Twitter Direct Messages in the new Tweetbot is handled exactly like Messages in the previous version, but the interface is all-new. The chat bubbles look similar to the Apple iOS 7 Messages app, but the graphics are more squared-off. Nonetheless, fans of the iOS 7 Messages app will feel very comfortable with this interface. Messaging is fast, and users can share their messages via email.


The Profile view in Tweetbot has seen the most transformative overall of all functions. The top of the Profile view places your Profile Picture, full name, username, and biography over a transparent, blurred version of your cover photo. The effect is very nice, clean, and easy-to-read. Users visiting your profile will see a very similar interface to how you can see it. Below your profile information are easy buttons to access your website and view your provided location.  Under your location and website are tabs to view your Tweets, your Followers, who you Follow, and which Lists you have been placed on by other Twitter users. You can also access your posted photos, your Twitter user number, and the month/year you joined Twitter via this Profile tab.


Search works just like previous versions of Tweetbot, allowing you to pull up Tweets, Users, and Nearby Tweets. You can also browse Trends, People lists, and Saved Searches. Nothing new here other than the interface, but it works just as well and looks cleaner than previous Tweetbot releases.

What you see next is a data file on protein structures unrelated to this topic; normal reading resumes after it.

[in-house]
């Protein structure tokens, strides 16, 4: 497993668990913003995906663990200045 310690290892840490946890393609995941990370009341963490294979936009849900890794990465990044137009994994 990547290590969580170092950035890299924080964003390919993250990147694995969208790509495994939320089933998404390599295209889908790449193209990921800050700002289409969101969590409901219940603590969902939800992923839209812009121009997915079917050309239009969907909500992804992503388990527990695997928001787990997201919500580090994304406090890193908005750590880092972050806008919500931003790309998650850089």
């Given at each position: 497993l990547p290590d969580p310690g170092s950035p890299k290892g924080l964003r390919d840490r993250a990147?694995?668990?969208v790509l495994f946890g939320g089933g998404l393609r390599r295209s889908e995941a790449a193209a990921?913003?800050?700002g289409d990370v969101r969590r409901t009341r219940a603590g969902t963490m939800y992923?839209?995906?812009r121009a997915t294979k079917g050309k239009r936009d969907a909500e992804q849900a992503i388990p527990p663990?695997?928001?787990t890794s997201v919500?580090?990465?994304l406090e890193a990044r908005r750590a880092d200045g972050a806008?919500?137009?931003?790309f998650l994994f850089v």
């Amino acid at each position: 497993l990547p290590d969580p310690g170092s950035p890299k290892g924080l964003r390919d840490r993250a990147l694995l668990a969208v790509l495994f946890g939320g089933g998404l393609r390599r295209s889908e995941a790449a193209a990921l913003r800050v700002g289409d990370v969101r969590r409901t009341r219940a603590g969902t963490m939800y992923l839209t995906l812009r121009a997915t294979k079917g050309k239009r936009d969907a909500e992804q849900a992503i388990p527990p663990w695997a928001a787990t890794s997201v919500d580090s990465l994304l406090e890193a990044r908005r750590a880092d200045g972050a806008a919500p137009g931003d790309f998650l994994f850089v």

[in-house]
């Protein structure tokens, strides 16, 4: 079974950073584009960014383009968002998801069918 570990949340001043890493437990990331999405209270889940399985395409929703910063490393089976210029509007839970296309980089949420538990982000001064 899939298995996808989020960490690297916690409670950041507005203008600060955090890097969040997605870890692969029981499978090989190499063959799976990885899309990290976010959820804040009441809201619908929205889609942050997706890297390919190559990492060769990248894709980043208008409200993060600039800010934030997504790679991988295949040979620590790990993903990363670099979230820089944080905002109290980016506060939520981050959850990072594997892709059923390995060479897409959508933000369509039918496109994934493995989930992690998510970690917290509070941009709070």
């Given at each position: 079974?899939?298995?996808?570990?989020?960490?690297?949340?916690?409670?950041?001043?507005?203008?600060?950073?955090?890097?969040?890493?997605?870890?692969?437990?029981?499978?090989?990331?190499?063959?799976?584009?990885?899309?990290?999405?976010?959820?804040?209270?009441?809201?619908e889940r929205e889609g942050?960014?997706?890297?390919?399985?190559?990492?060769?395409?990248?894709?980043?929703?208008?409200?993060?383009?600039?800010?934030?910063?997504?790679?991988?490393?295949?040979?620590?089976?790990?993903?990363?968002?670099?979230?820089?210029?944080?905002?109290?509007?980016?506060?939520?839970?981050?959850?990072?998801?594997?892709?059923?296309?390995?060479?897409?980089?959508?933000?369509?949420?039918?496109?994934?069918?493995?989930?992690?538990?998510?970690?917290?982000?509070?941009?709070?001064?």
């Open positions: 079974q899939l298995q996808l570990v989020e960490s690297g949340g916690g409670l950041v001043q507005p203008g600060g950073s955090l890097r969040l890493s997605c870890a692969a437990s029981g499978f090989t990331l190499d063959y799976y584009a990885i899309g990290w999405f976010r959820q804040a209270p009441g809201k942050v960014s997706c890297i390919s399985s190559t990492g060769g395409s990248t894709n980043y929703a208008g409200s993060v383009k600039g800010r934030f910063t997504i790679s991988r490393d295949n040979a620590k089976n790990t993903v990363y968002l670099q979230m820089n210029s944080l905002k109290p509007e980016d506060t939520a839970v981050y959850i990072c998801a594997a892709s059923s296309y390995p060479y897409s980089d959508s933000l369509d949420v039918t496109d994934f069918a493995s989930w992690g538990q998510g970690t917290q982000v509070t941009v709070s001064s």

The Favorites, Retweets, and Mute settings tabs work just like the tabs in earlier versions of Tweetbot, but, of course, just look cleaner.


Tweetbot has always provided an easy way for users to jump between their Twitter Lists. Lists are custom Timelines of people that you do not necessarily need to be following. Lists used to be accessible by tapping the top of your Timeline, but the feature has been moved to be solely activated via a tab at the bottom of the app.


New Features:

Aside from the dramatically new redesign, Tweetbot 3.0 is light on new features and functionality. There a few great additions though. One feature that I often use in Tweetbot for Mac is saving links to my Safari Reading List. This feature is now present in the iOS version thanks to its API in iOS 7. The app has also reduced how many taps are necessary to move around the different features. iOS 7’s Background Fetch functionality is also present, and this iOS 7 feature truly shines in a Twitter app. Also new to Tweetbot 3: text size is controlled by iOS 7’s Dynamic Type.


Tweetbot 3.0 for iPhone is a new application on the App Store and it costs $2.99. That price is an introductory special. The app runs on the iPhone and iPod touch, and it requires iOS 7. An iPad redesign is in the works, Tapbots says.



Tweetbot for iOS has always been an absolutely fantastic Twitter app for both casual Twitter users and power-users. It has great features, it’s fast, and easy-to-understand. The minor feature enhancements and completely new design of Tweetbot 3.0 make the app feel more at home on iOS 7 devices, and the new interface allows users to focus more on Tweets, images, and other content rather than on heavy interface elements.